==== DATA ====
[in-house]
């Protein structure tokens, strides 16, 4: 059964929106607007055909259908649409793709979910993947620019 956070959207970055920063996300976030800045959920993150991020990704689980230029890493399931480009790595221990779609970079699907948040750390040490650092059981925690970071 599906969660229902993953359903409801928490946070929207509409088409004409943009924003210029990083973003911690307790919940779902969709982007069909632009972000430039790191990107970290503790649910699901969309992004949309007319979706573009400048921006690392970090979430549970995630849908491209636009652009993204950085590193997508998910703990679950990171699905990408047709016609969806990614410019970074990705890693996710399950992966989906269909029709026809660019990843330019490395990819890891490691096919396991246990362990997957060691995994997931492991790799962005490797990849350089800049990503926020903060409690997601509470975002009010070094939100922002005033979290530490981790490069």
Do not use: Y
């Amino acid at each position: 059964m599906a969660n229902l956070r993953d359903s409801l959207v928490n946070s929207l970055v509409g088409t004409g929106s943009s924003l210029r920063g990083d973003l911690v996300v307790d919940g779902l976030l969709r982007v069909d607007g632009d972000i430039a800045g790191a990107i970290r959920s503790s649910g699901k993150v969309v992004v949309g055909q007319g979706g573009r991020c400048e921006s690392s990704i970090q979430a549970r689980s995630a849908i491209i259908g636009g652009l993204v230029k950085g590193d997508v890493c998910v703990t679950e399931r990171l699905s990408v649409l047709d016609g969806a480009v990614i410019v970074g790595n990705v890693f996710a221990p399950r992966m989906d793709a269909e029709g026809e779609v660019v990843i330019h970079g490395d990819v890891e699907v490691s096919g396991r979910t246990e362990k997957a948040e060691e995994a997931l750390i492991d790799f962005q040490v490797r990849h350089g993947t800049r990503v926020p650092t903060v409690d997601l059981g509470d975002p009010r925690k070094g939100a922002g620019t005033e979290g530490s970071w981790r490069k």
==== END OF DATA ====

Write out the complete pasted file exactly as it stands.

[in-house]
């Protein structure tokens, strides 16, 4: 059964929106607007055909259908649409793709979910993947620019 956070959207970055920063996300976030800045959920993150991020990704689980230029890493399931480009790595221990779609970079699907948040750390040490650092059981925690970071 599906969660229902993953359903409801928490946070929207509409088409004409943009924003210029990083973003911690307790919940779902969709982007069909632009972000430039790191990107970290503790649910699901969309992004949309007319979706573009400048921006690392970090979430549970995630849908491209636009652009993204950085590193997508998910703990679950990171699905990408047709016609969806990614410019970074990705890693996710399950992966989906269909029709026809660019990843330019490395990819890891490691096919396991246990362990997957060691995994997931492991790799962005490797990849350089800049990503926020903060409690997601509470975002009010070094939100922002005033979290530490981790490069």
Do not use: Y
């Amino acid at each position: 059964m599906a969660n229902l956070r993953d359903s409801l959207v928490n946070s929207l970055v509409g088409t004409g929106s943009s924003l210029r920063g990083d973003l911690v996300v307790d919940g779902l976030l969709r982007v069909d607007g632009d972000i430039a800045g790191a990107i970290r959920s503790s649910g699901k993150v969309v992004v949309g055909q007319g979706g573009r991020c400048e921006s690392s990704i970090q979430a549970r689980s995630a849908i491209i259908g636009g652009l993204v230029k950085g590193d997508v890493c998910v703990t679950e399931r990171l699905s990408v649409l047709d016609g969806a480009v990614i410019v970074g790595n990705v890693f996710a221990p399950r992966m989906d793709a269909e029709g026809e779609v660019v990843i330019h970079g490395d990819v890891e699907v490691s096919g396991r979910t246990e362990k997957a948040e060691e995994a997931l750390i492991d790799f962005q040490v490797r990849h350089g993947t800049r990503v926020p650092t903060v409690d997601l059981g509470d975002p009010r925690k070094g939100a922002g620019t005033e979290g530490s970071w981790r490069k």